“PMB”). The assessee additionally supplied Crumbled Rubber Modified Bitumen (CRMB). It entered into a contract with M/s.
Afcons Infrastructure Ltd. (Afcons) for supply of PMB at their work site. As per the agreement, the base bitumen and certain
additives were to be supplied by Afcons to Osnar directly at the site, where Osnar, in its mobile polymer modification plant, was
required to heat the bitumen at a temperature of 160°C with the help of burners. To this hot bitumen, 1% polymer and 0.2%
additives were added under constant agitation, for improving its quality by increasing its softening point and penetration. The
process of agitation was to be continued for a period of 12 to 18 hours till the mixture becomes homogenous and the required
properties were met. The said bitumen in its hot agitated condition was mixed with stone aggregates which were then used for
road construction. The Osnar paid duty on PMB processed at their factory in Mumbai but had not paid the same for the
conversion done at their work site.
Point of Dispute: Revenue contended that the aforesaid process carried out by the assessee (Osnar) amounted to
manufacture of PMB in terms of section 2(f) of the Central Excise Act, 1944.
Revenue further, submitted that the end products, viz. PMB and (CRMB) were different from bitumen, in as much as polymers
and additives were the raw materials consumed in the process of manufacture of the said final products and were therefore,
covered by the definition of the term “manufacture” in section 2(f) of the Act. The Revenue added that PMB and CRMB were
exigible to excise duty, as bitumen is classifiable under Chapter sub heading 27132000, and polymer is classifiable under
Chapter sub heading 39019000, while the finished products, PMB and CRMB were classifiable under Chapter sub heading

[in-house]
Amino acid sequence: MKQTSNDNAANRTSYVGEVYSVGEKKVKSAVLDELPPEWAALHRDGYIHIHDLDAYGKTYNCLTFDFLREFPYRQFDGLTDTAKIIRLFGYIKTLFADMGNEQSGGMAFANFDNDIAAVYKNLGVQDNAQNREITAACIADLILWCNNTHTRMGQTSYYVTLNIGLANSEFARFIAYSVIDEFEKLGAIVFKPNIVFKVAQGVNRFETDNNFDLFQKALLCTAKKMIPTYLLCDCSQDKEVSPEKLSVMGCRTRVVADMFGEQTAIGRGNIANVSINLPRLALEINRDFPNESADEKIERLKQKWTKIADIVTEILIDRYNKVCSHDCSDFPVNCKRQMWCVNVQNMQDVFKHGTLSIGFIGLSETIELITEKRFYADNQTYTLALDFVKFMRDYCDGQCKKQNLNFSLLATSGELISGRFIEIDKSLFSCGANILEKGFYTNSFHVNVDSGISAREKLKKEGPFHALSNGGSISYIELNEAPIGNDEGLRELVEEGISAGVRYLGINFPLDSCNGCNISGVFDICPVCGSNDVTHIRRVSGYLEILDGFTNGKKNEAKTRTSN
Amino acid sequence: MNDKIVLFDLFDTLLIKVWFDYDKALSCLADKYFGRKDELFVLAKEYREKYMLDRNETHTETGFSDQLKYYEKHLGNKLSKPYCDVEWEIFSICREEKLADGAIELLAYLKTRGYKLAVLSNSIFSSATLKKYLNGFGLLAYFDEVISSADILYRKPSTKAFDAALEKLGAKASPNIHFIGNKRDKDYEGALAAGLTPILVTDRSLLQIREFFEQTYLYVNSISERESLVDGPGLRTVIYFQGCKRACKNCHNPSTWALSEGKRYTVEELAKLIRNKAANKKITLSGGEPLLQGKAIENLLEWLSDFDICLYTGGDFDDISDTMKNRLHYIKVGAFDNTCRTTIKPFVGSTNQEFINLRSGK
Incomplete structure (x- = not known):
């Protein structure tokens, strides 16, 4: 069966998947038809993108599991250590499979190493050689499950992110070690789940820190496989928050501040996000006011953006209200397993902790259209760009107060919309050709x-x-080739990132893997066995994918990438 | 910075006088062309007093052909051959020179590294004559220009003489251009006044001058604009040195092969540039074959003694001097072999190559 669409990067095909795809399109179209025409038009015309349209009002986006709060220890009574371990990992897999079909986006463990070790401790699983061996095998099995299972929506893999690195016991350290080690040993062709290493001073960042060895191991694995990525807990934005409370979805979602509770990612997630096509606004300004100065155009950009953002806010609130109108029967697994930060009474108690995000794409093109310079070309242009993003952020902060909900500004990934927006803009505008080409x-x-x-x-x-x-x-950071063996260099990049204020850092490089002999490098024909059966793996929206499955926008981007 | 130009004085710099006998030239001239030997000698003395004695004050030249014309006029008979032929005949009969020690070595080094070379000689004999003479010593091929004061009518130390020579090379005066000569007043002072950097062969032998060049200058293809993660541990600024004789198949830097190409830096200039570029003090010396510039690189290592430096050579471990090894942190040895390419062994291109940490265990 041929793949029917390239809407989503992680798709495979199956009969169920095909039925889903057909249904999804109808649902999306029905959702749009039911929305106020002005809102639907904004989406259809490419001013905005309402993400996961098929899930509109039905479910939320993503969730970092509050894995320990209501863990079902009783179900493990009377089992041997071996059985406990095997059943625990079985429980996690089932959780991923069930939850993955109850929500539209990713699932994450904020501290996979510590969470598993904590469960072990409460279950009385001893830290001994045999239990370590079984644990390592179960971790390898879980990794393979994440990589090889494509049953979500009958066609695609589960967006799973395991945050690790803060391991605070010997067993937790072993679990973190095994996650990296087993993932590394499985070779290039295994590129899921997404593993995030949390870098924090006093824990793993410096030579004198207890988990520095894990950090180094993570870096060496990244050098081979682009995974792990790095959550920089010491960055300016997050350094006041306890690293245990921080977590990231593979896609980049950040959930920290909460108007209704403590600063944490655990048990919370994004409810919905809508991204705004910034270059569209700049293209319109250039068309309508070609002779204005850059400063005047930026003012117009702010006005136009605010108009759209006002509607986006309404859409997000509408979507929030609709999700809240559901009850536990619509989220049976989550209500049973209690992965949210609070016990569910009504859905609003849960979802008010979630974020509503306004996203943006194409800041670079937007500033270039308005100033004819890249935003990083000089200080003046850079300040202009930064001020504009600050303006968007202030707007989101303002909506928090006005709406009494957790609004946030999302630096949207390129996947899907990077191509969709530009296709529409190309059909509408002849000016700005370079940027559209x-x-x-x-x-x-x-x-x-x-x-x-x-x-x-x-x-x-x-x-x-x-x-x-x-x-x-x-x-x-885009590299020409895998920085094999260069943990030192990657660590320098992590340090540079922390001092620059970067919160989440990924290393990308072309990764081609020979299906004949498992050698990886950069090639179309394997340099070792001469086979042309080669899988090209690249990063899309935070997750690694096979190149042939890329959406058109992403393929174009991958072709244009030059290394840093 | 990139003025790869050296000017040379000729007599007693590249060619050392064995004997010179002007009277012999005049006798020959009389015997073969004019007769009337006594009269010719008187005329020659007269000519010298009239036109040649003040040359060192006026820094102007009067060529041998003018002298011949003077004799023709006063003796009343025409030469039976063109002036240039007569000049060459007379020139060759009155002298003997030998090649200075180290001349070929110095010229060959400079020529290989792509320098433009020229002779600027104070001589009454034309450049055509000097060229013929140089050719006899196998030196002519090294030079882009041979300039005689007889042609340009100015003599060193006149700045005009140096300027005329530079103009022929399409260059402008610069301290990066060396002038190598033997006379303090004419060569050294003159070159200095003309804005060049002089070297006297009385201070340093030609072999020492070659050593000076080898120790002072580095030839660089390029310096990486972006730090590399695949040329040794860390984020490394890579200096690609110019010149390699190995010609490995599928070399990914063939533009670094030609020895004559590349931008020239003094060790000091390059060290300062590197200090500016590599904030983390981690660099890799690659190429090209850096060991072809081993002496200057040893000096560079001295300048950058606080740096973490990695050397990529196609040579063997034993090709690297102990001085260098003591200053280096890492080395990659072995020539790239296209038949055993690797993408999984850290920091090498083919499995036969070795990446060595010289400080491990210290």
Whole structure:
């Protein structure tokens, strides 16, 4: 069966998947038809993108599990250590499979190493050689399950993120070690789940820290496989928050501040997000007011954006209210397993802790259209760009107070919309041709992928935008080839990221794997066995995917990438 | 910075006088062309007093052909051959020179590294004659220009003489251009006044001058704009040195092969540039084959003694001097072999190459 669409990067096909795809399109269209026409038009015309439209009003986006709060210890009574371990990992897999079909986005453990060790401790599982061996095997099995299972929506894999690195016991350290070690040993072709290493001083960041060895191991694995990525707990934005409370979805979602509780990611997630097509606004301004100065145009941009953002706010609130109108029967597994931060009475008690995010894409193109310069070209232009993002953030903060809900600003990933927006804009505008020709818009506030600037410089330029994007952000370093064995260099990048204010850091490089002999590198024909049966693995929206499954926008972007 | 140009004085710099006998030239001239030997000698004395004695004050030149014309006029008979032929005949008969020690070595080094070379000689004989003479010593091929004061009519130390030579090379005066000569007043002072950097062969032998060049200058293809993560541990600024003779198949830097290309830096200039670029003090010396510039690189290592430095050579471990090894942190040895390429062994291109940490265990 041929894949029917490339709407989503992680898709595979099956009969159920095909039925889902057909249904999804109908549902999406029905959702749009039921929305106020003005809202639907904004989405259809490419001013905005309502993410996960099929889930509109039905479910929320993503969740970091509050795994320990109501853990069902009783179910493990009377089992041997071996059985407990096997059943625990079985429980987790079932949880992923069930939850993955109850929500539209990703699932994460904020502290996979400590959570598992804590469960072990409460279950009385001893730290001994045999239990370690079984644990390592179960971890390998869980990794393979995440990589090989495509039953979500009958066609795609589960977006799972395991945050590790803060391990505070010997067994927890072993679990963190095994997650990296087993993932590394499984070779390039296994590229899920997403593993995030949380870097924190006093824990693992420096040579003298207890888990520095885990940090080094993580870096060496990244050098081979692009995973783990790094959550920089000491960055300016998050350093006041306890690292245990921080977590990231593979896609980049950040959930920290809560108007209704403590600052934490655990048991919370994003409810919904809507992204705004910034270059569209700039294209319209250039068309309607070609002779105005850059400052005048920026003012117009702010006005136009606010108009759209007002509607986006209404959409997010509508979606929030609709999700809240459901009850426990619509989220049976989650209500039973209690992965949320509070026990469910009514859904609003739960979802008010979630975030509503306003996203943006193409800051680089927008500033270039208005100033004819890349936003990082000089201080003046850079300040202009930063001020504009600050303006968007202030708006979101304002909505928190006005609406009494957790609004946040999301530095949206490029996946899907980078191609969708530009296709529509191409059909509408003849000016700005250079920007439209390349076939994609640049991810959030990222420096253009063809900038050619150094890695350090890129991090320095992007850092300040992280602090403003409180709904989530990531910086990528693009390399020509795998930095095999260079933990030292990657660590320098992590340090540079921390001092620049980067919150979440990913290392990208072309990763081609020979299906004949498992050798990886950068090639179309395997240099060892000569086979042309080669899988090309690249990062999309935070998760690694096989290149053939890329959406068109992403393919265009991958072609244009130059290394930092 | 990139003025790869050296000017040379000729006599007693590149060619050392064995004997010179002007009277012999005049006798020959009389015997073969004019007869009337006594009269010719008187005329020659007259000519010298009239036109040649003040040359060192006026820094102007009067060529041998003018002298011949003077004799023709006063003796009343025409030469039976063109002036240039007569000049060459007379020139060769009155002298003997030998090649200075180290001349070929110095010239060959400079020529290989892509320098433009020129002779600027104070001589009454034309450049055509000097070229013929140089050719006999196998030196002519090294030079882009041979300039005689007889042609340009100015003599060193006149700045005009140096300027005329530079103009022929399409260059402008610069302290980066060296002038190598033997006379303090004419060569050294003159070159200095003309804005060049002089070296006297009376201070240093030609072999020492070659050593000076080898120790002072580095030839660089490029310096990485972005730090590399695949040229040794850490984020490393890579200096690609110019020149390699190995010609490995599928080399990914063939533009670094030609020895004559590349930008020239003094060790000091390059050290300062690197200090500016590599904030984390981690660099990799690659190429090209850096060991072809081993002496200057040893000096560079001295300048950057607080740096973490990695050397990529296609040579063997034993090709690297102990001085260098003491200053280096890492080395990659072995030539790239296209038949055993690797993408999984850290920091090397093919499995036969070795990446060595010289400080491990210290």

27150090. Further, PMB and CRMB were commercially known in the market for being bought and sold and therefore, satisfied
the test of marketability which is one of the essential conditions for the purpose of levy of excise duty.
Decision of the Case: The Supreme Court was of the view that “manufacture” could be said to have taken place only when
there was transformation of raw materials into a new and different article having a different identity, characteristic and use. It
was a well settled principle that mere improvement in quality did not amount to manufacture. It was only when the change or a
series of changes take the commodity to a point where commercially it could no longer be regarded as the original commodity
but was instead recognized as a new and distinct article that manufacture could be said to have taken place.
The Court held that in order to bring a process within the ambit of section 2(f)(ii) of the Act, the same must be recognised by the
legislature as manufacture in relation to the goods in the section notes or chapter notes of first schedule of the Central Excise
Tariff Act. However, in the Schedule to the Central Excise Tariff Act, no such process or processes have been specified in the